Interview by: Makena Binker Cosen (CC '21)
The following is a heavily condensed version of the full interview. If you're interested, read more here.
Could you describe your COVID-19 research at the moment?
Our team has been running models that project COVID-19 outcomes for New York City, U.S. counties, and the entire country, as well as for China. For example, back in January, we started by estimating how many people had undocumented infections and how contagious they were.
Our goal is to understand the pandemic’s epidemiological characteristics: its distribution, patterns, and determinants of health across populations. This type of information can help us identify what public health interventions different places ought to adopt.
people get more relaxed, businesses open, and there is less compliance with social distancing and face-mask wearing. Another scenario might be that the transmissibility will stay constant, if everyone stays on their toes. Modeling these scenarios allows us to identify the scope of possible outcomes and to understand how sensitive the virus is to specific interventions. In turn, this helps us determine which measures we ought to enforce in different places.
What biases do you face in data collection?
First off, not everybody is tested. Many COVID cases go undocumented, and deaths are undercounted. In fact, someone from a hospice in rural Georgia reached out to me, saying that they used to get one or two sepsis cases each year. Now everybody there is dying of “sepsis” and none of them have been tested for COVID. It’s likely that they’re all COVID patients, just not known to be.
On top of this, there are changes in reporting and testing practices over time. We don’t have access to information on the microscale processes that might be supporting or not supporting transmission locally.
How do your models address these biases?
Our job is to use models that explicitly allow and account for biases in the data. Observations are not the Gospel. There is some unknown truth out there that we’re trying to estimate better by using both these models and the observations in conjunction with one another.
Because there’s a lengthy lag between someone acquiring the infection and them being counted as a confirmed case, our main blind spot is that we don’t know what happened over the last ten days. We update our projections twice a week using new information from the last three or four days, and we also change our scenarios as we consider new behavioral changes.
It’s really important in this situation to be very responsive. When there are outbreaks taking place, we would like to see states and communities responding aggressively. Unfortunately, that has not been the case.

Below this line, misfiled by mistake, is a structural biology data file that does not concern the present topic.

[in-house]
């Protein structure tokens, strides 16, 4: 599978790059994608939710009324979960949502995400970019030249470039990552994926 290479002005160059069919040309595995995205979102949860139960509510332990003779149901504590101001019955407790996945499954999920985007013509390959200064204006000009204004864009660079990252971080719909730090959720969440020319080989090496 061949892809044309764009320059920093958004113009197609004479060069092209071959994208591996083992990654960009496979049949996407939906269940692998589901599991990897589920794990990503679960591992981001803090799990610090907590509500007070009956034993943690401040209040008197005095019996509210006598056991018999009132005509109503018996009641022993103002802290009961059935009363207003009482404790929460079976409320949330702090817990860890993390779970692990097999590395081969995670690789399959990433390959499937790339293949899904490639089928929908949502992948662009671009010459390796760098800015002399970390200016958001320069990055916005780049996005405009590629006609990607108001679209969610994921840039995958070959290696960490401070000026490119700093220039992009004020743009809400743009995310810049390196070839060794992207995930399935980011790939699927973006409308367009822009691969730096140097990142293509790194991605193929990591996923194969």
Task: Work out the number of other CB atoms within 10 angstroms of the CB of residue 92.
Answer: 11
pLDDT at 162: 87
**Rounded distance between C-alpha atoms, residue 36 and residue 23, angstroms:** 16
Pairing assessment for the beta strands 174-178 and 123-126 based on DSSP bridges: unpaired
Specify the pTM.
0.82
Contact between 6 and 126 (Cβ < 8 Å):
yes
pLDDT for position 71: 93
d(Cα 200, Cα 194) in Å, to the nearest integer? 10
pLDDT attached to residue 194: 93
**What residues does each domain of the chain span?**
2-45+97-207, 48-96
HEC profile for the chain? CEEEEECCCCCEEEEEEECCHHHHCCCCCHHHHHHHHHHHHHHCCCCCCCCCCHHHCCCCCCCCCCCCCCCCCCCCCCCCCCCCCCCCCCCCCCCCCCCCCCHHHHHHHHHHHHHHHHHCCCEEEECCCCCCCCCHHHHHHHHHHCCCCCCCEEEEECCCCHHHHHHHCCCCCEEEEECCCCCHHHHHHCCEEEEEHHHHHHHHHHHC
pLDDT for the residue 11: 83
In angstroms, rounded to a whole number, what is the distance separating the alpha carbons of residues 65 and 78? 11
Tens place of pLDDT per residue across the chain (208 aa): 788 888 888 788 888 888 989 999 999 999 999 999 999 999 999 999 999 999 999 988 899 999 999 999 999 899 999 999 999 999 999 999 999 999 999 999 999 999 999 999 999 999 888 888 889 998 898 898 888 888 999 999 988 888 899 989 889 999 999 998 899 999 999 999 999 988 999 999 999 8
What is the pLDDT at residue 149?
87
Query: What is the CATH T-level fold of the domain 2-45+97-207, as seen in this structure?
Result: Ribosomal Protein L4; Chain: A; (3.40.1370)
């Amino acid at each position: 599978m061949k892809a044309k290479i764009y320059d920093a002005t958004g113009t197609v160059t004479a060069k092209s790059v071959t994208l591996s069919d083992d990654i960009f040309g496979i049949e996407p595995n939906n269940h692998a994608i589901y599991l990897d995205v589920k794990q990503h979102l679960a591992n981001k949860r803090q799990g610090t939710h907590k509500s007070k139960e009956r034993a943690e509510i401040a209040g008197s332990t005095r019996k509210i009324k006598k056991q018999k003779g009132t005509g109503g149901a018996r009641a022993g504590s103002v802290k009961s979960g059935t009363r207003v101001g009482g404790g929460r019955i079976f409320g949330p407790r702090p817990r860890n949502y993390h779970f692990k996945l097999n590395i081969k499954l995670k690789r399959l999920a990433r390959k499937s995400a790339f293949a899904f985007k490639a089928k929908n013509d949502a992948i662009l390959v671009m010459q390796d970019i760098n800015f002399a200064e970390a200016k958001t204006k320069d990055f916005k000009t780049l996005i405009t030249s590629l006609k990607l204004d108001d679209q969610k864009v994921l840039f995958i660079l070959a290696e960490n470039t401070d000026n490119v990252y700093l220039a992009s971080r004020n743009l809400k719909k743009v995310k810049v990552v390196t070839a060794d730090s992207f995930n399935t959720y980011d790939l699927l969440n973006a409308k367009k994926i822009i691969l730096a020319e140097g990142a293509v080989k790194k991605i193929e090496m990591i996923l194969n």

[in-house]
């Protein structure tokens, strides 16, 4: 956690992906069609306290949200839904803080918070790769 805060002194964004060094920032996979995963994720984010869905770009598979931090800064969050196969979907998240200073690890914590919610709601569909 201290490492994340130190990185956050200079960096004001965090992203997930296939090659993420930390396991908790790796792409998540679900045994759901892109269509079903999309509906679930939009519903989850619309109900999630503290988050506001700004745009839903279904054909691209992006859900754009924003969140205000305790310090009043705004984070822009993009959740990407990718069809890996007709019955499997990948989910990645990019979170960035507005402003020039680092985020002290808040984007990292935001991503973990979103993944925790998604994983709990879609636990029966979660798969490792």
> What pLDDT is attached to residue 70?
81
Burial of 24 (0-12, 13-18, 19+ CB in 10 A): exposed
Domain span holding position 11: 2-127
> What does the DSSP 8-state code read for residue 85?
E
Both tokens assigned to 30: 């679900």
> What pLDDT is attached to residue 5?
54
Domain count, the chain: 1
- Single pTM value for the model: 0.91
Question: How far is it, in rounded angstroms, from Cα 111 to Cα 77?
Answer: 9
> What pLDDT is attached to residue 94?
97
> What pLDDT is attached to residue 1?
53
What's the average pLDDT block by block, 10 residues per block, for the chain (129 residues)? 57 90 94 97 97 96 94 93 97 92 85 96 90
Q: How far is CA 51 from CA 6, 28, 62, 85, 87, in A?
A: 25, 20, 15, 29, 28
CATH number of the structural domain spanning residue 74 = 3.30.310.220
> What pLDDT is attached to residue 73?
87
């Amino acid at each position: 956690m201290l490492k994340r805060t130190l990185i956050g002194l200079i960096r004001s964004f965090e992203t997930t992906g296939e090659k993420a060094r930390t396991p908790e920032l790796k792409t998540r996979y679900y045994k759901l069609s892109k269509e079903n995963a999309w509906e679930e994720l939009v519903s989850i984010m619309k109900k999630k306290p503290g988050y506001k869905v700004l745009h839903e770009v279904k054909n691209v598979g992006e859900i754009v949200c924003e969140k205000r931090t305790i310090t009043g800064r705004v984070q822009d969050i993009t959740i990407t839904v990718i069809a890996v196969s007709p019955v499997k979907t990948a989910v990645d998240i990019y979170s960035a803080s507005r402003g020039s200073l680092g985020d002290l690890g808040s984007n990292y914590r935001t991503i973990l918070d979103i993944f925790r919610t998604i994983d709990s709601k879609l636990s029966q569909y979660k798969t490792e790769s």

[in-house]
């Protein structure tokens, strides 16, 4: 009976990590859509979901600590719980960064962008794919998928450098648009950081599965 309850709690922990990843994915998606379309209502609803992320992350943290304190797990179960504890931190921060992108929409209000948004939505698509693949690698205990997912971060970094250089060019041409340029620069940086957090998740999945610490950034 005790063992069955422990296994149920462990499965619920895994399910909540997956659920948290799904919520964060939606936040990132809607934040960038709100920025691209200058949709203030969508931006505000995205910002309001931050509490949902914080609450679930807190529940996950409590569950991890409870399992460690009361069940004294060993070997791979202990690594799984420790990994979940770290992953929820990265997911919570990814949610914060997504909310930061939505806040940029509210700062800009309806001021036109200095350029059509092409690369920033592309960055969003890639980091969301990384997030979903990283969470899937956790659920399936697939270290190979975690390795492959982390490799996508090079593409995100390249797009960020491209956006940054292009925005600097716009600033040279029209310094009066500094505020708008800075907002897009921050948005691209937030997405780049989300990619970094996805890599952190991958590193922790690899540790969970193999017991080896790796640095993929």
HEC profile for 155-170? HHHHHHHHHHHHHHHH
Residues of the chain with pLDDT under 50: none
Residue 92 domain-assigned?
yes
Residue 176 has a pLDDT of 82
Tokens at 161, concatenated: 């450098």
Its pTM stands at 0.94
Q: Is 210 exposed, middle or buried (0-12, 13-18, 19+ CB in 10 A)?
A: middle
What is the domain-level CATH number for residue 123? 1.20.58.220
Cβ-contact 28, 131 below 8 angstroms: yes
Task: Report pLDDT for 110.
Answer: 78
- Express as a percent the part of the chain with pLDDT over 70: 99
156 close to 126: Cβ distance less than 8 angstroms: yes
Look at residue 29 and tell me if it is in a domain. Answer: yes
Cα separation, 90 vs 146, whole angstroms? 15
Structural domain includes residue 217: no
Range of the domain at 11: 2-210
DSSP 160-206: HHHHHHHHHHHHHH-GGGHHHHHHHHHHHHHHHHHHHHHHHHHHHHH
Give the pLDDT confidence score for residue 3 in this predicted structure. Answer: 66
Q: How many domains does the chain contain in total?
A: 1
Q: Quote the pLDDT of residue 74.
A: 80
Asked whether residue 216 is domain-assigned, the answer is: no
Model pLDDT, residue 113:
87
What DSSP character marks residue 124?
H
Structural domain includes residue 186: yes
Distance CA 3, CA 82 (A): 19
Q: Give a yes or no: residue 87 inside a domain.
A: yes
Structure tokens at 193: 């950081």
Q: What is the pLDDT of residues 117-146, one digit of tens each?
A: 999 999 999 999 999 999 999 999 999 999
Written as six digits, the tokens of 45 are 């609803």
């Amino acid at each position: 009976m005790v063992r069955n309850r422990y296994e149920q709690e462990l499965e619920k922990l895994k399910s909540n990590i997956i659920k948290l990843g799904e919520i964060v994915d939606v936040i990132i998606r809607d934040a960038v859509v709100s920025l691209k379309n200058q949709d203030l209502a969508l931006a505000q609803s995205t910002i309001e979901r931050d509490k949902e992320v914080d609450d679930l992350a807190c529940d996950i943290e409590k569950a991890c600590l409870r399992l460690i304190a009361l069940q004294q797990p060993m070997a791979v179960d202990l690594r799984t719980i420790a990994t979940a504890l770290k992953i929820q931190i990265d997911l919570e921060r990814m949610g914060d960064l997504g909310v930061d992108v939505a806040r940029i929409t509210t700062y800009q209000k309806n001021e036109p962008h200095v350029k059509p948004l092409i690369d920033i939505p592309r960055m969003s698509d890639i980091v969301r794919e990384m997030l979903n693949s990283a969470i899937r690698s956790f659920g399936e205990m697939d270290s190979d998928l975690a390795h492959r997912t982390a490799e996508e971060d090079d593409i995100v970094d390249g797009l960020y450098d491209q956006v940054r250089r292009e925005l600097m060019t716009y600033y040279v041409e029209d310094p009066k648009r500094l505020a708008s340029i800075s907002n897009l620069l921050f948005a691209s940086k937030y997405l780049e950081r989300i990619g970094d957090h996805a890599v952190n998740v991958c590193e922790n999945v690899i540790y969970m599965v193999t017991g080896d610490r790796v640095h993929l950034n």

What are some key interventions that you’ve seen lead to an effective response to COVID?
One of the best examples to look at is South Korea, since it is a densely populated, modern country well-connected with the world economy, and people fly through it all the time.
Since then, they’ve further reopened businesses, houses of worship, and nightclubs, among other non-essential services. The opening of nightclubs was associated with a cluster of outbreaks, around forty cases a day.
Now, if they had forty cases per day for a thousand days, that would be forty thousand cases. If we assume there are about ten times as many infections overall as there are cases, which is probably a high number for South Korea considering how well they test, that would be 400,000 people infected in the next three years, roughly. That is less than one percent of their total population.
In their new normal, with a reasonable economy, maintaining their unemployment rate at four percent, South Korea could hold on for three years while the world tries to develop an effective vaccine or therapeutic treatment for COVID-19. What’s more, they could deploy it before 99% of their population is ever infected with the virus.
Now, South Korea has a little bit more than one-seventh of the population the United States has. Forty cases per day there would approach 280 cases per day here. Right now, the United States has about 20,000 cases per day. We’re nowhere near their numbers and we’ve disrupted our economy and skyrocketed unemployment. We’re not alone. A lot of countries have done the same.
Right now, we seem to be ignoring the fact that this can take off exponentially again. We may be catching a break in summer because the virus may be somewhat less transmissible then. However, if we’re really complacent about this and we’re not willing to reimpose shelter-in-place methods, this virus will run over us.
Has your team modeled how protests and the response to protests may influence COVID-19 outcomes?
On the other hand, bringing people together may provide more opportunities for transmission and there have been locations where people are not wearing face masks at all. That’s more concerning. This is not to diminish the need for the protests. That is a choice and these issues are very important, equally important, if not more important, and they are connected to public health issues as well.